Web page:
As one of Hollywood's savviest talent managers, Brad Grey has seen his share of power brawls. But Grey's short tenure as CEO of Paramount Pictures has been brutal even by Hollywood's barracuda standards. Within weeks of his arrival last year, the 48-year-old Grey was under attack by the industry's rumor mill for hiring Gail Berman, Fox TV's top executive, as his second-in-command. The phone lines began lighting up in his newly decorated suite at the stately Paramount studios with agents complaining that Berman was abrasive and feuded with her top assistants on which pictures to choose -- both no-nos in a world where turmoil inside a studio drives hot projects away to rivals. In no time, agents say, Grey was speed-dialing his way through town, soothing feelings, even as the studio denied any rifts. "The rumors were ridiculous and untrue a couple of months ago and remain so now," says a Paramount spokeswoman.
Ever since, Paramount and Grey, a producer of the HBO show The Sopranos, have seen more drama than Tony and his New Jersey henchmen. A tense negotiation between Grey and superstar Tom Cruise over the budget of Mission: Impossible III threatened to shut down the franchise flick before Cruise and director J.J. Abrams agreed to cut $50 million out of the $200 million original. Tongues wagged even more in December when it initially appeared that Paramount had overpaid for DreamWorks SKG's live-action studio, which produced such hits as Saving Private Ryan and Gladiator, by shelling out $1.5 billion.
The latest woe is that Grey is linked to the widening investigation of a private eye to the stars, Anthony Pellicano, who has been indicted for wiretapping such personalities as Sylvester Stallone, Garry Shandling, and the wife of billionaire Kirk Kerkorian. Grey has steadfastly denied any knowledge of Pellicano's activities. Sources say that he has testified twice before a grand jury and has been assured he is not under investigation.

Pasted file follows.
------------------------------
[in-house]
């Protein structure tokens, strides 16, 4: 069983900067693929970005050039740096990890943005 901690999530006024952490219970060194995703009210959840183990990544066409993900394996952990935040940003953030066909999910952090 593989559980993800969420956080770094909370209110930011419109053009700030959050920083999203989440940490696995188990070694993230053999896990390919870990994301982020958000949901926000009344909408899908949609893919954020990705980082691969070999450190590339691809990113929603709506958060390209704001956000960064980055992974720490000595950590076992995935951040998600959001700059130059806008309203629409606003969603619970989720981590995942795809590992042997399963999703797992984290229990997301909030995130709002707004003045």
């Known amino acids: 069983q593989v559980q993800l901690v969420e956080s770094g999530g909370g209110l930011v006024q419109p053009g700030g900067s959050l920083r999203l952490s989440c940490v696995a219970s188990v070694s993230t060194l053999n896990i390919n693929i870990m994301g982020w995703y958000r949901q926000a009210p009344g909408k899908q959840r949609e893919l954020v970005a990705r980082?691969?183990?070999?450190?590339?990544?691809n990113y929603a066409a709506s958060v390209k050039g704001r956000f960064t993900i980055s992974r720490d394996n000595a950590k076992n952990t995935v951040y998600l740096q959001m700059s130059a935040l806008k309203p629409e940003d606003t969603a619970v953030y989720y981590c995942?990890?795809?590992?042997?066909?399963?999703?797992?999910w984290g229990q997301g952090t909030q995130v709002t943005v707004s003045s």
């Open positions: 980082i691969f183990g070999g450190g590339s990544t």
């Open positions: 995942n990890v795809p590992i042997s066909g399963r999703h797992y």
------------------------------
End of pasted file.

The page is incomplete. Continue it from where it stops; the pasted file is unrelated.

Still, the timing couldn't be worse as Grey rushes to turn around Paramount. The home of such hits as the Godfather movies, Saturday Night Fever, and Forrest Gump has slumped in recent years as tightfisted managers have scared off the best projects. Now the strife at Paramount is making it even harder for parent Viacom Inc. (VIA) to pitch a turnaround story to investors. Last year earnings before interest and taxes at the studio fell to $178.8 million, from $257.3 million in 2002, according to Morgan Stanley (MS).
The pressure on Grey to deliver hits is intense. Mission: Impossible III, scheduled for a May 5 release, is a pretty good bet. And prospects are bright for the upcoming Jack Black comedy Nacho Libre and Oliver Stone's September 11 film World Trade Center. Says DreamWorks co-founder and director Steven Spielberg: "I don't get it. Maybe Brad is just the new kid on the block and folks want to make him show he can run a studio. When Mission Impossible [opens] and is a huge hit, this will all evaporate."
But it was Spielberg who, unintentionally, helped fuel more speculation. The famed director pressed Grey and Viacom CEO Tom Freston to lure Universal studio chief Stacey Snider to run DreamWorks for Paramount. That move was seen by some as a backstop should Berman, or Grey, be forced to leave. Spielberg and Freston deny that's the case.
The barrage of negative news aside, Grey has taken bold action, pushing out some top Paramount executives and hiring more aggressive DreamWorks executives. The dismissals weren't always pleasant: Paramount President Donald De Line heard during a business trip to Europe that Grey was courting Berman and quit shortly thereafter. As for the firings, Freston told Variety that changing people is never nice work. But he conceded: "We could have handled it better."
"I BELIEVE IN BRAD"
Still, Grey's biggest problem may not be his present performance but his past dealings. He has come under increased scrutiny following two New York Times pieces that describe his acrimonious 1998 lawsuit against former client Shandling, in which Pellicano is alleged to have wiretapped the comedian and his ex-girlfriend after being hired by Grey's lawyer, Bert Fields, who has denied knowing of the wiretaps. A Grey spokeswoman says he did not know that Pellicano was conducting wiretaps. In another case, Scary Movie executive producer Bo Zenga sued Fields, Grey, and Pellicano on Mar. 22 alleging that Pellicano wiretapped Zenga's conversation during an earlier lawsuit filed by Zenga against Grey. That suit was dismissed. Freston says Grey and his lawyer discussed all of this with him before he was hired. "I believe in Brad," says Freston, "and I believe he's telling me the truth."
Entertainment veteran Grey no doubt knows how quickly the knives come out when an executive is perceived as in trouble. "If you have money to buy projects and market films, folks will come running," says former Columbia marketing chief Peter Sealey, a Stanford University business professor. "But if things get worse at Paramount, that will change in a hurry." Clearly, scandal and palace intrigue are best left for the big screen.
Corrections and Clarifications
In "Mission: Precarious" (Entertainment, Apr. 17), we described private eye Anthony Pellicano as having been indicted for wiretapping personalities including Garry Shandling. This is incorrect. Pellicano was indicted for using a Los Angeles Police officer to illegally search the National Crime Information Center for information on Shandling in January, 1999.
By Ronald Grover